The United States and Iran plan to hold landmark talks to thrash out security in war-torn Iraq, but will steer clear of the Islamic republic's nuclear ambitions, officials said Sunday.
The United States and Iran said Sunday that they will hold talks in Baghdad about improving Iraq's security a major step for the two countries with the most influence over Iraq's future.
The American ambassador to Iraq would meet with his Iranian counterpart to discuss Iraqi security efforts and cooperation between the countries.
Four thousand US soldiers scoured insurgent territory in central Iraq on Sunday for three comrades, while Al-Qaeda boasted that it had captured the missing troops in a deadly pre-dawn ambush.
The search continued as violence flared anew in Iraq. At least 55 people were killed and 155 wounded in two vehicle bombings.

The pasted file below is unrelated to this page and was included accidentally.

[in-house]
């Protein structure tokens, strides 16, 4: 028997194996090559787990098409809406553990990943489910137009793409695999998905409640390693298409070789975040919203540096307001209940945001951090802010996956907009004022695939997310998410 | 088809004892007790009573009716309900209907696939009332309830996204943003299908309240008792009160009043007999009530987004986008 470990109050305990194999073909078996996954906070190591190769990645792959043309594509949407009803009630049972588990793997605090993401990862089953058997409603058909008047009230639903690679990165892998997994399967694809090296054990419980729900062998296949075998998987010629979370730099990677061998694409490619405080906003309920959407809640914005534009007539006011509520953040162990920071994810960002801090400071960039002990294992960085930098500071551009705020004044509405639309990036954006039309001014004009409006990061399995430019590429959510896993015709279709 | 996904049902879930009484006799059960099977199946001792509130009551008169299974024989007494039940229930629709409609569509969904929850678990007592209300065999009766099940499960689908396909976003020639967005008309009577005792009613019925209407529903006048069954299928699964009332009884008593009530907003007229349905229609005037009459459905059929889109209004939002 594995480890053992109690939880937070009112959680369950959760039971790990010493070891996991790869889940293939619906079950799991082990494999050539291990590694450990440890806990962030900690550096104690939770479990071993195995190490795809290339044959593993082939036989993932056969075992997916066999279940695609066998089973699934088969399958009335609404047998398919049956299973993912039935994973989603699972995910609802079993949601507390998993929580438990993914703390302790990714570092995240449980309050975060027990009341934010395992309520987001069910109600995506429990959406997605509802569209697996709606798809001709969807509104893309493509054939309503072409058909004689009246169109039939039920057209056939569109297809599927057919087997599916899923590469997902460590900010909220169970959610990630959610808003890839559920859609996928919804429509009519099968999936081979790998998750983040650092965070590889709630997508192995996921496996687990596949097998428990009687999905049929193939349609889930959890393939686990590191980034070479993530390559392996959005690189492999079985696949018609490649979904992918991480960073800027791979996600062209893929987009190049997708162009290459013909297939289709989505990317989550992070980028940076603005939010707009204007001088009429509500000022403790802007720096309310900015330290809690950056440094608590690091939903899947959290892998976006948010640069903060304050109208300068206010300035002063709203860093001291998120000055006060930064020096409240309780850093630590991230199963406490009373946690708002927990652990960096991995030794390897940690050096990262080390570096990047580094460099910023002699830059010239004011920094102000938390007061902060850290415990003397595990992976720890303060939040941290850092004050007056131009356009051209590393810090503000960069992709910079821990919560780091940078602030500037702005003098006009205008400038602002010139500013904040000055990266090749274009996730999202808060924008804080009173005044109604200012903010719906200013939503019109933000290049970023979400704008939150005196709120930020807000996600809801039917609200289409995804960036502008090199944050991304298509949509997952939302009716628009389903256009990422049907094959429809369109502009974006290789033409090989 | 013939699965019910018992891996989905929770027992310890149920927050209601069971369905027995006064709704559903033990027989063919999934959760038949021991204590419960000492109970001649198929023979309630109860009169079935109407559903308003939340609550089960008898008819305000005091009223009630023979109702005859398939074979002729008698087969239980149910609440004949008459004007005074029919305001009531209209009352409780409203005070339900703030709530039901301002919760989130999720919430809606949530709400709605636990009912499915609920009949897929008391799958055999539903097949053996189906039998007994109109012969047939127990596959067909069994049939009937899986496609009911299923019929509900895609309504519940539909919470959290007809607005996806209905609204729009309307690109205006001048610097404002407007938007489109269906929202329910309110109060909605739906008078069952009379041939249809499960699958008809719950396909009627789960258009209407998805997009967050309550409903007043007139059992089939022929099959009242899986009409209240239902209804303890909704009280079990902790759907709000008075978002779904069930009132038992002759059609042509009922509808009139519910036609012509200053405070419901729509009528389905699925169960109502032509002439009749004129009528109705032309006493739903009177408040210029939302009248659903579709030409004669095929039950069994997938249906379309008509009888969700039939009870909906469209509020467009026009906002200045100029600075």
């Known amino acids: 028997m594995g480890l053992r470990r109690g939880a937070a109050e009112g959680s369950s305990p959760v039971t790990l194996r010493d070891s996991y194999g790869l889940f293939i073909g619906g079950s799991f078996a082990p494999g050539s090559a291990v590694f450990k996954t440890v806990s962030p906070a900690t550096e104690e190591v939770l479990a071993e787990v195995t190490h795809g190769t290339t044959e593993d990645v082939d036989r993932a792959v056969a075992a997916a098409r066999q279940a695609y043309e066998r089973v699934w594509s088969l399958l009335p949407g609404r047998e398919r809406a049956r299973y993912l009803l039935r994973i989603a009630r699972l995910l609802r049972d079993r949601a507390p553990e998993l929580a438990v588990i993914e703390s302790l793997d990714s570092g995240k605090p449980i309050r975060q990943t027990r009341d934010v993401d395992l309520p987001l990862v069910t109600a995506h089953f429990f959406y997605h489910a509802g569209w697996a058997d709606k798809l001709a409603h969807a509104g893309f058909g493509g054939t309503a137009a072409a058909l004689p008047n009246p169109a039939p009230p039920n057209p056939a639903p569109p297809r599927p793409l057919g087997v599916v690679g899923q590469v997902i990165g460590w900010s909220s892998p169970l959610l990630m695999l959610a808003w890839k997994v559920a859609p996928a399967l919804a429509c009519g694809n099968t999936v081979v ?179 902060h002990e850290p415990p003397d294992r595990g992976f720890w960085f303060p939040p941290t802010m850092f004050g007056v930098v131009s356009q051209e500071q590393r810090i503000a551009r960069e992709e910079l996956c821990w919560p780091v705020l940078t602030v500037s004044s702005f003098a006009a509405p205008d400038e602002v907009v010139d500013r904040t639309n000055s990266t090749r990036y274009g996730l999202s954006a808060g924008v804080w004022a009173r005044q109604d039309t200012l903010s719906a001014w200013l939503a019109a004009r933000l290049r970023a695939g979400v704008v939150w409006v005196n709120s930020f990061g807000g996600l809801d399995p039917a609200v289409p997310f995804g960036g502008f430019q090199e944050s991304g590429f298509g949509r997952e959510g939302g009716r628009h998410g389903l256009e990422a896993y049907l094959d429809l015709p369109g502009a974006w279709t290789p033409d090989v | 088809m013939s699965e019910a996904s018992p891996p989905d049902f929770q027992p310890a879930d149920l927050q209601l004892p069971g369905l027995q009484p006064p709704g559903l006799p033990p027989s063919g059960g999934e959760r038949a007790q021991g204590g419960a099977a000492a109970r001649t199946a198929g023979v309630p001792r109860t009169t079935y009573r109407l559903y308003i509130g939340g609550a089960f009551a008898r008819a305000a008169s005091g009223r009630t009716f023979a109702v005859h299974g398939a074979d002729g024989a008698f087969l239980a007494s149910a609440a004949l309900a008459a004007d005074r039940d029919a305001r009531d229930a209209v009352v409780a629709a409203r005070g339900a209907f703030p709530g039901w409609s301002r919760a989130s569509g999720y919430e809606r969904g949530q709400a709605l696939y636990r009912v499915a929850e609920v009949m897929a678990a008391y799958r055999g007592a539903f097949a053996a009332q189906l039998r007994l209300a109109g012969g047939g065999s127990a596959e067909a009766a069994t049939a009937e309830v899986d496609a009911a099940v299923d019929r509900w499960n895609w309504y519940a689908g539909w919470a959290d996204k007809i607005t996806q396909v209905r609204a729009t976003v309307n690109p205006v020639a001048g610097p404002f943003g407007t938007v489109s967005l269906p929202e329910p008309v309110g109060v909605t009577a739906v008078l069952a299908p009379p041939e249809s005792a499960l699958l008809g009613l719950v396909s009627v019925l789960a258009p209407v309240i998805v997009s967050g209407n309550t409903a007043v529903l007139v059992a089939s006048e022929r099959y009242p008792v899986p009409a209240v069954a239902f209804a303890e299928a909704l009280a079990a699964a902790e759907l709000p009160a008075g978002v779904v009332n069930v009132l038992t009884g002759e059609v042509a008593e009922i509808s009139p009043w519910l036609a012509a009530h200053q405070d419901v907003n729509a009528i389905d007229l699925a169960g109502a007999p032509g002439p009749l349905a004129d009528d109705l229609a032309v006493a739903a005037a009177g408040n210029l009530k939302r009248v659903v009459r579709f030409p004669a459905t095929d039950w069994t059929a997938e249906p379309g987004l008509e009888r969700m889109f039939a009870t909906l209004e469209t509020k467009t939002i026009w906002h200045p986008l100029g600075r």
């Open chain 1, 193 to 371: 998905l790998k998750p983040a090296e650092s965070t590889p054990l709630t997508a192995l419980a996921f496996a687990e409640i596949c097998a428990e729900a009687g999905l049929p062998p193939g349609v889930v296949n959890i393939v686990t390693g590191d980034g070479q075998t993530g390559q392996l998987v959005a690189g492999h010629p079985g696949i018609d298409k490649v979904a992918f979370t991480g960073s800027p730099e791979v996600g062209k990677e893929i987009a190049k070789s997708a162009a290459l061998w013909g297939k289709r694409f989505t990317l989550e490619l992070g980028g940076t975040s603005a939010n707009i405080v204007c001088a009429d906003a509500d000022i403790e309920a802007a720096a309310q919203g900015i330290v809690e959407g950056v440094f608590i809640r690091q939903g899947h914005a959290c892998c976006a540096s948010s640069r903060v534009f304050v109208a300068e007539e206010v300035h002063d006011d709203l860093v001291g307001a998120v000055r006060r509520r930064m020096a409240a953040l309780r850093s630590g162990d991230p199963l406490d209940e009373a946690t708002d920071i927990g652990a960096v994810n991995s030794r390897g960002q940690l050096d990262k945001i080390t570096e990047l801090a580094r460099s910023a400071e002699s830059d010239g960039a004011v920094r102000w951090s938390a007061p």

A former U.S. machine gunner's irreverent memoir about his year fighting in Iraq has won the second annual prize for the best book based on a blog.
The U.S. and Iran said Sunday they will hold upcoming talks in Baghdad about improving Iraq's security — a historic political turnabout for the two countries with the most influence over Iraq's future.
Top US senators said Sunday a climax was in sight to intense bargaining over an Iraq war financing deal palatable to both President George W. Bush and anti-war Democrats.
As of Sunday, May 13, 2007, at least 3,393 members of the U.S. military have died since the beginning of the Iraq war in March 2003, according to an Associated Press count. The figure includes seven military civilians. At least 2,761 died as a result of hostile action, according to the military's numbers.
A pivotal point is looming in intense US Senate bargaining over Iraq in the quest for a war financing deal palatable to both President George W. Bush and anti-war Democrats.